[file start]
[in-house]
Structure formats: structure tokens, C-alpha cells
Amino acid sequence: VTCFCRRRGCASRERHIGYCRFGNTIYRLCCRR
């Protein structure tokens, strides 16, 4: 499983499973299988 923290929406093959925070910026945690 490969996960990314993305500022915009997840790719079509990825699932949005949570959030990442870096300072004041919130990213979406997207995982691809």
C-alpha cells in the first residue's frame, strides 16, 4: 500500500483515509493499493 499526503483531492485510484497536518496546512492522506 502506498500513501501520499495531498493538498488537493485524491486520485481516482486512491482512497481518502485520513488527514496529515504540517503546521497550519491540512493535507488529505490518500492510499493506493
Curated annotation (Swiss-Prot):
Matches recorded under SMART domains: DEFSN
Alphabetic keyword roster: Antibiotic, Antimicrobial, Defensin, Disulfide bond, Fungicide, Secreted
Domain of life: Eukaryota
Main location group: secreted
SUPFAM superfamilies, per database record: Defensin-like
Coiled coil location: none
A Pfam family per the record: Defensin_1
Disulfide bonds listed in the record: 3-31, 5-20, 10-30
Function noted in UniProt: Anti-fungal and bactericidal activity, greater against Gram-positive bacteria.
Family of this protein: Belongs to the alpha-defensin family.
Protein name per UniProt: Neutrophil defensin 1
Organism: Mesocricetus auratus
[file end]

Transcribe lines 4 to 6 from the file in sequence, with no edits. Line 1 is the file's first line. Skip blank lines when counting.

């Protein structure tokens, strides 16, 4: 499983499973299988 923290929406093959925070910026945690 490969996960990314993305500022915009997840790719079509990825699932949005949570959030990442870096300072004041919130990213979406997207995982691809």
C-alpha cells in the first residue's frame, strides 16, 4: 500500500483515509493499493 499526503483531492485510484497536518496546512492522506 502506498500513501501520499495531498493538498488537493485524491486520485481516482486512491482512497481518502485520513488527514496529515504540517503546521497550519491540512493535507488529505490518500492510499493506493
Curated annotation (Swiss-Prot):